7/08/2017

1980 Daion The 80 12-String Dreadnought Guitar





My friend Rick is an avid Daion collector, and for good reason -- these are absolutely great guitars. Considering their upward market trend, too, other people are figuring that out. This 12-string version of "The 80" oval-hole dreadnought guitar came through him, and is one of two Daion 12s he has in the shop here. I'm currently a bit lusty for this instrument after finishing-up work on it!

Said work included replacing a split, coming-off bridge with a same-size, custom-made one, a light fret level/dress, proper (individual-string) compensation and adjustment of the saddle, and a good setup. It's strung with a "Jake-spec" set of strings in gauges 24w/48w, 17/36w, 12/26w, 8/18w, 14/14, 10/10. That's both lighter and heavier (in some regards) than an average set of 12-string "10s," but under the fingers makes this feel like you're playing an electric 12-string even tuned fully up to pitch.

The tone of this guitar exceeds its materials -- it has the bright, jangly sparkle and definition you'd expect but also a nice, creamy, lower-mids accent. This makes it really nice for that sort of lower-string thumping that's so tasty on a 12-string.


The guitar itself is all-ply in construction with what appears to be figured-mahogany veneer on the whole body and a "real mahogany" neck. It's bound in maple on all edges, has a cool tortoise pickguard, the excellent "oval" soundhole shape, and a rosewood, lightly-radiused fretboard. My new bridge is rosewood, too, and the headstock veneer is as well.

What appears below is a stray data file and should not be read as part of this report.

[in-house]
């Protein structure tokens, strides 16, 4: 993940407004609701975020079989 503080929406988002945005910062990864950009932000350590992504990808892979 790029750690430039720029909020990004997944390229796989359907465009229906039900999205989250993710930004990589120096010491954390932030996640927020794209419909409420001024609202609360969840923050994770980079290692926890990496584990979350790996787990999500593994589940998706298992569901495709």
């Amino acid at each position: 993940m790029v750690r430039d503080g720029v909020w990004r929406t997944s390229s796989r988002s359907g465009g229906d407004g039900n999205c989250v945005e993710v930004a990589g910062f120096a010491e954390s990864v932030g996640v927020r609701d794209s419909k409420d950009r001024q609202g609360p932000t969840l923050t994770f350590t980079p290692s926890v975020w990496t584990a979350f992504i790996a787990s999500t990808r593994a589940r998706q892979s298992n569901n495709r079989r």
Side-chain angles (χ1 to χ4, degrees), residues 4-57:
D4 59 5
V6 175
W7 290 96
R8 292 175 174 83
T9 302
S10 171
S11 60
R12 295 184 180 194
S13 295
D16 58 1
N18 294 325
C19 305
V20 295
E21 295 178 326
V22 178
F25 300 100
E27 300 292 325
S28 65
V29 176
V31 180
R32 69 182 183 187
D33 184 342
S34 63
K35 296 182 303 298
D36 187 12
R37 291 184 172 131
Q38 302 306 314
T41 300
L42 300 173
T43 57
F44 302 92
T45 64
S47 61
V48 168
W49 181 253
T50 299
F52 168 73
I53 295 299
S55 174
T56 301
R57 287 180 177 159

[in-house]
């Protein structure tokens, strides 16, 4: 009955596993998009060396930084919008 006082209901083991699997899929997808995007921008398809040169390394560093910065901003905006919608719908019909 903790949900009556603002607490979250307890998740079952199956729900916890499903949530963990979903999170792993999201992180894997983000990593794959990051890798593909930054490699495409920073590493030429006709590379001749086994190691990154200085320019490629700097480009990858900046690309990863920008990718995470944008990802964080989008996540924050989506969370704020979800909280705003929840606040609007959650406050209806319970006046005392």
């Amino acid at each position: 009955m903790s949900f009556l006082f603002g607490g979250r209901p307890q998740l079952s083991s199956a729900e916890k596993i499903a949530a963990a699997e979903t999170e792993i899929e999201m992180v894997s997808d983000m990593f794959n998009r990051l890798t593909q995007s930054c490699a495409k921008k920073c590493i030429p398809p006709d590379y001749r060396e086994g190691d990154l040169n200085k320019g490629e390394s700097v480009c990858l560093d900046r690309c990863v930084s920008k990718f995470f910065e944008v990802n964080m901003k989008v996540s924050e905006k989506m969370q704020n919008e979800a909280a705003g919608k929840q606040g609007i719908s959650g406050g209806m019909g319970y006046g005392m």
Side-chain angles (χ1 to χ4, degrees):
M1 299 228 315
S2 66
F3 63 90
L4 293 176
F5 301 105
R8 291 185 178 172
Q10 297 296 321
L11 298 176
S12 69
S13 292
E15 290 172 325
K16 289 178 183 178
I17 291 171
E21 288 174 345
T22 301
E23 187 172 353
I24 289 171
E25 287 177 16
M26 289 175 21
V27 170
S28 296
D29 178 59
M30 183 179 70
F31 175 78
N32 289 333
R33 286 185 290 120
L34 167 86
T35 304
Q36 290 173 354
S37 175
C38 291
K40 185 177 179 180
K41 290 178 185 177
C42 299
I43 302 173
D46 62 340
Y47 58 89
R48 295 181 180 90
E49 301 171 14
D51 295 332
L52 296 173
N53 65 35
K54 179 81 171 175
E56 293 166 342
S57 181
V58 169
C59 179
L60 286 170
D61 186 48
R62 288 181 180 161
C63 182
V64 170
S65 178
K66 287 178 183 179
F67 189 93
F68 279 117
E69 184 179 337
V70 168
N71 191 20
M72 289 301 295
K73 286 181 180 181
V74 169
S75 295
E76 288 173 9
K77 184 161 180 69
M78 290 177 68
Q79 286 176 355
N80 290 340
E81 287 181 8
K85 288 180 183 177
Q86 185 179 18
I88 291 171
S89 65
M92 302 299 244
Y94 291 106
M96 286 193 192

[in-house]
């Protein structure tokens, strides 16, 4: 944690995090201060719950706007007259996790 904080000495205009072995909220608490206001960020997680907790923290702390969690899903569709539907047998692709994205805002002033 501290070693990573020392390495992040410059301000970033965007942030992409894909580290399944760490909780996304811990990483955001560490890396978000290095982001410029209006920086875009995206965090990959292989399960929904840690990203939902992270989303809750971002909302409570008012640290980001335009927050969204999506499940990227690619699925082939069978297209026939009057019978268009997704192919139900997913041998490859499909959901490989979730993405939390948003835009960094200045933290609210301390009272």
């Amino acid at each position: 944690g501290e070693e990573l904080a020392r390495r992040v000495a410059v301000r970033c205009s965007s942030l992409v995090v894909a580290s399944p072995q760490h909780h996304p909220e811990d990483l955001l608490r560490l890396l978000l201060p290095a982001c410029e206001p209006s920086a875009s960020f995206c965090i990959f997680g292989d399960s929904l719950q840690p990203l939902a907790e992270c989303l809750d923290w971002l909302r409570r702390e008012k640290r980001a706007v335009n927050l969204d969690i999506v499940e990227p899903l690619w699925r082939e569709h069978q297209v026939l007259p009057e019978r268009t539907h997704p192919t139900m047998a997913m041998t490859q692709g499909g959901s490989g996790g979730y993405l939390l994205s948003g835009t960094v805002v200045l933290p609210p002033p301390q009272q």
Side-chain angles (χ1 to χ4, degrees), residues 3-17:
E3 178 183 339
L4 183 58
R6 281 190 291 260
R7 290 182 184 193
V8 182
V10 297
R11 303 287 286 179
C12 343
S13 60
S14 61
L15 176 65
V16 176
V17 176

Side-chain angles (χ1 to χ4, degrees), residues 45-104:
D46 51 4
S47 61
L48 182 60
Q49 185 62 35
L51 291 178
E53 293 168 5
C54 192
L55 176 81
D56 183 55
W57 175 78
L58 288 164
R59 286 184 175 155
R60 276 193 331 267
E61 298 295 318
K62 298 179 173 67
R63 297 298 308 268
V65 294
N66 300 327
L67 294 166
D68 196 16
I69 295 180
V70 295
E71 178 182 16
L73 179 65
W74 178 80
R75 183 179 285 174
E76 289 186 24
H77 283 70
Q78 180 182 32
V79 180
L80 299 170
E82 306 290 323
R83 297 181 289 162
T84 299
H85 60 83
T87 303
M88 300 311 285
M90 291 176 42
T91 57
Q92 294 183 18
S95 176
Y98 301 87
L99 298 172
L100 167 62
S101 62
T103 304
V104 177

The original nut is brass. The neck has a medium-ish C-shape to it that recalls early-70s Martin 12-strings. It's comfy but bigger in the hand than, say, a Taylor 12-string.


The brass position dots are a nice touch.


While this has an undersaddle pickup installed (it had one in the original bridge and is clearly aftermarket), the piezo unit is damaged and so the pup's not working. We'll have to figure out what to replace it with. My money's on a K&K and a better-looking volume knob!




My new bridge is in the same shape as the original, but I cut its top profile differently (it's simply an "arc" over the top like on a Guild bridge) and, of course, eliminated half of the bridge pins. I've always liked the antique 6-pin 12-string load designs from the 1920s, and this is my modern take on it. The pins follow the line of the saddle slot and have two string ramps each, with two notches at the pin-hole to accept two strings at a time.

It works beautifully, looks trim and tidy, and will cut down on the problems that arise with the double-row pin bridges -- namely, the usual split on the rear row of pins that necessitated me making this bridge in the first place.



As you can see, there's plenty of saddle. Note also how the saddle's top is compensated for each string individually. This helps when you've got a capo half-way up the neck!








The tuners are nothing to write home about, but they work just fine after a lube.





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